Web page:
Anthony Lauder

Developing Software in the Real World 

Commercial Software Development

My name is Anthony Lauder (about me). I have been involved in commercial software development for more than twenty years - with several years at University studying computer science (including a PhD), and several earlier years as a spotty teenage computer nerd.

Those Idiots Over There

Project successes are easy to credit to ourselves ("Without my great contributions, this project wouldn't have been anywhere near as successful!"), and project failures are easy to blame on others ("How could it possibly proceed with those idiots involved?").

Finger Pointing

I have been pretty guilty of finger pointing myself. Of course, when you point one finger at somebody else, your hand is pointing three fingers right back at you. Most projects don't have clusters of fools that just don't get it. Rather, different people have very different beliefs about the best way to go about a project. Other people probably think you are as foolish as you think they are. No amount of intellectual debate is going to turn them over to your way of thinking.


I am writing a book. I started writing a a different book but along the way it became clear there was a book missing. Plenty of folks said to me things like "sure, this Agile stuff sounds good on paper, but it doesn't work in practice". Plenty of other folks say similar things about all other approaches to software development. Just as with project blame (see above), no amount of intellectual debate is going to turn them over to your way of thinking. Why is this?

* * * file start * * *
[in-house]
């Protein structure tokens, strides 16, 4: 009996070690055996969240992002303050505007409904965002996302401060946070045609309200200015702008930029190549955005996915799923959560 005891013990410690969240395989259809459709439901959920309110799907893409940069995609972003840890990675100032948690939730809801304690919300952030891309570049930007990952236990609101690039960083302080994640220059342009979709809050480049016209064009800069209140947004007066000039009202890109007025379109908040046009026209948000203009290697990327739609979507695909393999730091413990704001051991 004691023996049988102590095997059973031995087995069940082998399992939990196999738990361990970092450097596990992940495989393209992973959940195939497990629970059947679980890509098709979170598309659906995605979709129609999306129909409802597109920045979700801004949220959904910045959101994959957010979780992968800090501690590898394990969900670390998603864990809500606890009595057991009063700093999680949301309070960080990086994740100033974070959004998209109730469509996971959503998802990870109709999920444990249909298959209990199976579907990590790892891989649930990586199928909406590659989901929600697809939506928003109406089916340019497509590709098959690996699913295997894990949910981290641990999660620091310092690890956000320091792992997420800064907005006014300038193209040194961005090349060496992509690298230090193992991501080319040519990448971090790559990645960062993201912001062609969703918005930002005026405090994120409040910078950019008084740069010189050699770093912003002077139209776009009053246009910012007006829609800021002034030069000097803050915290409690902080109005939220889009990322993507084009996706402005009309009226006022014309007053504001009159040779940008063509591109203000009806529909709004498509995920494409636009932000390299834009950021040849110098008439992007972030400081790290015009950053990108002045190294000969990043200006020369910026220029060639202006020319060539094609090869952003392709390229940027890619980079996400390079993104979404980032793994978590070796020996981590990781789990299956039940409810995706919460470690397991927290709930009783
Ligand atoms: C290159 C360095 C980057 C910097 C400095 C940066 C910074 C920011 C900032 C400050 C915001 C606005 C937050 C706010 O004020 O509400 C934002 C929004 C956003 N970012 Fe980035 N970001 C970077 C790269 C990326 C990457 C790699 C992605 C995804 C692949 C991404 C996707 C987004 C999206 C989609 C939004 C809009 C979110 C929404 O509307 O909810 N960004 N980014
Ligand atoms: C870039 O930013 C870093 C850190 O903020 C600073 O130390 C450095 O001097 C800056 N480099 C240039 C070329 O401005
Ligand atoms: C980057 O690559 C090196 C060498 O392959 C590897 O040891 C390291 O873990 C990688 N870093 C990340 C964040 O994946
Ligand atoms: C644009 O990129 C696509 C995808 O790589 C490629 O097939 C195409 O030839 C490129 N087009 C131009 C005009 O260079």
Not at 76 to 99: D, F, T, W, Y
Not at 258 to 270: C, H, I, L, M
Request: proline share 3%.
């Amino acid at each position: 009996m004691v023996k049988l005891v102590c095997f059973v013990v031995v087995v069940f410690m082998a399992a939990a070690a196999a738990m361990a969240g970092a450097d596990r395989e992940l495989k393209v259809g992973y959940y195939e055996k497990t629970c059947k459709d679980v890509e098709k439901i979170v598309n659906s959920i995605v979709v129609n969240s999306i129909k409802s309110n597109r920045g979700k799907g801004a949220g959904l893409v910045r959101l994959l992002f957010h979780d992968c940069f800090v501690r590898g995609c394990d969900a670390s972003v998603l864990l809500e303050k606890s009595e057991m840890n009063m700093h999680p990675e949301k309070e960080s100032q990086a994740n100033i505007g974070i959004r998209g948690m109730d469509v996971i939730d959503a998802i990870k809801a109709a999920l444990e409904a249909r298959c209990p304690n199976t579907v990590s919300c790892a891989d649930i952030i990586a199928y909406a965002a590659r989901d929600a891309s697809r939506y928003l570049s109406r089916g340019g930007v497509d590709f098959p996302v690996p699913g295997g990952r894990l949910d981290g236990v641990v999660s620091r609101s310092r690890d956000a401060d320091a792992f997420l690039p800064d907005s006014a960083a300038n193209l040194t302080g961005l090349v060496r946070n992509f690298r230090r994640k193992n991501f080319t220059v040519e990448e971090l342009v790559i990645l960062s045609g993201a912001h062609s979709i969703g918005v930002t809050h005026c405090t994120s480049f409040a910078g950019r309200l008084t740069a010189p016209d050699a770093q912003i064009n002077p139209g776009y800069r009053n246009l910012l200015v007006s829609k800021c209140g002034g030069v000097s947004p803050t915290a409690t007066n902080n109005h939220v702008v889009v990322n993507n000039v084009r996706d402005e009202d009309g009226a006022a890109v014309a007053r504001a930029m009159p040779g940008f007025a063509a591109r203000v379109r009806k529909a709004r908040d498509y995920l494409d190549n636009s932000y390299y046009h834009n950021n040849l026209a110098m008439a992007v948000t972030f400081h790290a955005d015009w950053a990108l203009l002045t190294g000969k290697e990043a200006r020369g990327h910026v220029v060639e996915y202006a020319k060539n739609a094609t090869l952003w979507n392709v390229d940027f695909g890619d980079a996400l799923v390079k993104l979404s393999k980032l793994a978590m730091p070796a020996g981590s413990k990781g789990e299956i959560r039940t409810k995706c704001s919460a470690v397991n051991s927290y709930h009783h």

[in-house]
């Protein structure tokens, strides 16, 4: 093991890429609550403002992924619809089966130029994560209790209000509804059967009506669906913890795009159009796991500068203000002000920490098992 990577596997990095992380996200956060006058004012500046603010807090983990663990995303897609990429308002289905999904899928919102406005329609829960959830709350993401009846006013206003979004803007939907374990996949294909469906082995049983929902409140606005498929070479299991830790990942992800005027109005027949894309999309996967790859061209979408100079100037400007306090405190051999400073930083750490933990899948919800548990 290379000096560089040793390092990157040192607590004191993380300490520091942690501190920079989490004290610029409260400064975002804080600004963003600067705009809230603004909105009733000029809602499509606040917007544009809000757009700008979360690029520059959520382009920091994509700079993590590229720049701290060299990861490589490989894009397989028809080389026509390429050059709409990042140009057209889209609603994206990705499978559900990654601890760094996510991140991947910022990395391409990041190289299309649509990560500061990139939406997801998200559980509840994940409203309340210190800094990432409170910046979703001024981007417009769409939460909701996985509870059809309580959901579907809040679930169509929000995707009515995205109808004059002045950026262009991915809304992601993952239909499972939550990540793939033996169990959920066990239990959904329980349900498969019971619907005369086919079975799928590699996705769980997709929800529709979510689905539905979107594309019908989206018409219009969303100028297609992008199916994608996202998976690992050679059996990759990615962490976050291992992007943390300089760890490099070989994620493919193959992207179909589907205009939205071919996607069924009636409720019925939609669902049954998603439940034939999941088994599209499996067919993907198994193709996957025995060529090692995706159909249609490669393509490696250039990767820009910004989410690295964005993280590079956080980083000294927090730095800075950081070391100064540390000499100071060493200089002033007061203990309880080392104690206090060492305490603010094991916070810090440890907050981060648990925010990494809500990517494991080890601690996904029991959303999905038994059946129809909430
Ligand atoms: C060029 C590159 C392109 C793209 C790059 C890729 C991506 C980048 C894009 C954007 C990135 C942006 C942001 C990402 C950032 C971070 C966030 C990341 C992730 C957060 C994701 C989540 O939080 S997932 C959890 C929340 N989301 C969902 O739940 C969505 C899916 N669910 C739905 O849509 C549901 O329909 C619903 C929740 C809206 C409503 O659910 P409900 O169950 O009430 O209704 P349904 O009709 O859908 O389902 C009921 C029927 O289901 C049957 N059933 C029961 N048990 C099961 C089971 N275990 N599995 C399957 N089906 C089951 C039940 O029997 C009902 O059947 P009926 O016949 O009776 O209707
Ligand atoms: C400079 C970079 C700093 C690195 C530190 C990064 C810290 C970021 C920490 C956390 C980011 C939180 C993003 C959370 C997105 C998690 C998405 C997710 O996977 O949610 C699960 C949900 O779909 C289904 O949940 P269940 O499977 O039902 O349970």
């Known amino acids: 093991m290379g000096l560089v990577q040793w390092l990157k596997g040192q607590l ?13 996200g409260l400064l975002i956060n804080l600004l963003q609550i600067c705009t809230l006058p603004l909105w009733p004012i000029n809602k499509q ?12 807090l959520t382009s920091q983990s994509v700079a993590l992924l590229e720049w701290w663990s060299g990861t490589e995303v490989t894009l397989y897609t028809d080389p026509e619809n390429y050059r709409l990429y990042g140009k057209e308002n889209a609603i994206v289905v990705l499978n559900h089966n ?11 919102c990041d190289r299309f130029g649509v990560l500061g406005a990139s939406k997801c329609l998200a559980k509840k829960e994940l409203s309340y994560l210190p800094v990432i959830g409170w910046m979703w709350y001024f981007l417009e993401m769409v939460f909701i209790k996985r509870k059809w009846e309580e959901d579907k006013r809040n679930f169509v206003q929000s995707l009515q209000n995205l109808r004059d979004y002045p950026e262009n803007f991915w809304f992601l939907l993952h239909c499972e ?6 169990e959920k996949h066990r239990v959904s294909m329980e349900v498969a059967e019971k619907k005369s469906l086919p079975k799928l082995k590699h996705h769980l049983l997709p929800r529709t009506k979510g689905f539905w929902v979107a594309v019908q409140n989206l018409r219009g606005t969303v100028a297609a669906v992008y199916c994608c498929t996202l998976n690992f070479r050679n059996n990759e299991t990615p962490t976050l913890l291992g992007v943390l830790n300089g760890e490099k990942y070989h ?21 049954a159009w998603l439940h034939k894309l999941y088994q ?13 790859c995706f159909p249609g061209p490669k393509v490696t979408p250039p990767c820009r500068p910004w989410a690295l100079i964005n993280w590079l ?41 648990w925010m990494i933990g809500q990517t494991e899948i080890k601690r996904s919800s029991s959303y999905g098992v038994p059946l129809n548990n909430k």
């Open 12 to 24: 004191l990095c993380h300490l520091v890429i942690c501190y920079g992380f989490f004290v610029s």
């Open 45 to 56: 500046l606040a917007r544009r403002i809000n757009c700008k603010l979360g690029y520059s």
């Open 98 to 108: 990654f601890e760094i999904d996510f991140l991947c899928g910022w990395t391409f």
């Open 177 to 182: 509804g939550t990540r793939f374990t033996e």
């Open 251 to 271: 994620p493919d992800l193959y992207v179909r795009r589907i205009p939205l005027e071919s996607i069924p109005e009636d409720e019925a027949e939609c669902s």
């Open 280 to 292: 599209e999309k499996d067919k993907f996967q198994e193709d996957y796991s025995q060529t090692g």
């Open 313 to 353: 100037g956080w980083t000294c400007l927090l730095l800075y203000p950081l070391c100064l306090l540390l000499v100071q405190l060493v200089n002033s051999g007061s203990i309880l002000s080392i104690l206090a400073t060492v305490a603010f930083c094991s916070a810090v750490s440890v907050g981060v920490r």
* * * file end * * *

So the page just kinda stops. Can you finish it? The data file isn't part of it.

Software Project Cultures

I have long felt that people have emotional responses to methodologies: they reject or accept any given methodology based on gut instincts. It seems to me that these instincts come from metaphors underlying three very different software project cultures. The book I am writing explores those cultures and metaphors in detail, so you can grasp the mindsets of people committed to them. This will help you to unravel your own attitudes to software development, and also those of others. When you speak to people about projects, and how to run them, or you read somebody's specific methodology, you will no longer have to rely on a instinctive reaction. Instead, you be able to feel and understand where they are coming from, and with that be better positioned to work with them, rather than stand your ground in conflict against them. You may even be able to upgrade a culture to a more effective one, without it inevitably twanging back to where it started from.


Progress on my book, and random thoughts of whatever crosses my mind, are unfolding in my blog.


Ongoing feedback would be much appreciated.